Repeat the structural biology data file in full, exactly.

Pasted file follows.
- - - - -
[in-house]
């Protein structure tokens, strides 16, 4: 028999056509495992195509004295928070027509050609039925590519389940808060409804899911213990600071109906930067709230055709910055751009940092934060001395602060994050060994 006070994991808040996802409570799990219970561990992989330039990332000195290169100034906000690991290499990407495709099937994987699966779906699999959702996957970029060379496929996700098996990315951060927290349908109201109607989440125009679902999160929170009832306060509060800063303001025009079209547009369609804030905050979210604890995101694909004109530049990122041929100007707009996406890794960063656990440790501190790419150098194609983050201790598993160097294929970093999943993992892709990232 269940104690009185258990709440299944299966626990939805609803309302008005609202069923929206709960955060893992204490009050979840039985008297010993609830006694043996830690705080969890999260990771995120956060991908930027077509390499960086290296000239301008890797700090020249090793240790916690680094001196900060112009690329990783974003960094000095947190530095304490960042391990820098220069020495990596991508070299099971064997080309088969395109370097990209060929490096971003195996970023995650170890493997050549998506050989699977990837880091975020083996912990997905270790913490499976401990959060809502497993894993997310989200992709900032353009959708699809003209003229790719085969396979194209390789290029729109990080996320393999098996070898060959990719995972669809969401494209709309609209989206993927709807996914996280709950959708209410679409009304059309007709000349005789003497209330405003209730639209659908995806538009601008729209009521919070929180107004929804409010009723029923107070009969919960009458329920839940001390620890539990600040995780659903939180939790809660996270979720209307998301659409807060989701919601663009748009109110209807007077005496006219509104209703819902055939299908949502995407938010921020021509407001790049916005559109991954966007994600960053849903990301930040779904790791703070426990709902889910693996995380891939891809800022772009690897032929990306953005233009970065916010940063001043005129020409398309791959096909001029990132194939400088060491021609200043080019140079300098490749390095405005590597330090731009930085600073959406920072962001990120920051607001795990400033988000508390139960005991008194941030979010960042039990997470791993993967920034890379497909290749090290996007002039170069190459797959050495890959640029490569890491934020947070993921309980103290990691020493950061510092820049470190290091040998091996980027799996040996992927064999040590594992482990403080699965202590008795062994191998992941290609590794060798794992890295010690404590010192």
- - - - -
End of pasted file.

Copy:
[in-house]
């Protein structure tokens, strides 16, 4: 028999056509495992195509004295928070027509050609039925590519389940808060409804899911213990600071109906930067709230055709910055751009940092934060001395602060994050060994 006070994991808040996802409570799990219970561990992989330039990332000195290169100034906000690991290499990407495709099937994987699966779906699999959702996957970029060379496929996700098996990315951060927290349908109201109607989440125009679902999160929170009832306060509060800063303001025009079209547009369609804030905050979210604890995101694909004109530049990122041929100007707009996406890794960063656990440790501190790419150098194609983050201790598993160097294929970093999943993992892709990232 269940104690009185258990709440299944299966626990939805609803309302008005609202069923929206709960955060893992204490009050979840039985008297010993609830006694043996830690705080969890999260990771995120956060991908930027077509390499960086290296000239301008890797700090020249090793240790916690680094001196900060112009690329990783974003960094000095947190530095304490960042391990820098220069020495990596991508070299099971064997080309088969395109370097990209060929490096971003195996970023995650170890493997050549998506050989699977990837880091975020083996912990997905270790913490499976401990959060809502497993894993997310989200992709900032353009959708699809003209003229790719085969396979194209390789290029729109990080996320393999098996070898060959990719995972669809969401494209709309609209989206993927709807996914996280709950959708209410679409009304059309007709000349005789003497209330405003209730639209659908995806538009601008729209009521919070929180107004929804409010009723029923107070009969919960009458329920839940001390620890539990600040995780659903939180939790809660996270979720209307998301659409807060989701919601663009748009109110209807007077005496006219509104209703819902055939299908949502995407938010921020021509407001790049916005559109991954966007994600960053849903990301930040779904790791703070426990709902889910693996995380891939891809800022772009690897032929990306953005233009970065916010940063001043005129020409398309791959096909001029990132194939400088060491021609200043080019140079300098490749390095405005590597330090731009930085600073959406920072962001990120920051607001795990400033988000508390139960005991008194941030979010960042039990997470791993993967920034890379497909290749090290996007002039170069190459797959050495890959640029490569890491934020947070993921309980103290990691020493950061510092820049470190290091040998091996980027799996040996992927064999040590594992482990403080699965202590008795062994191998992941290609590794060798794992890295010690404590010192």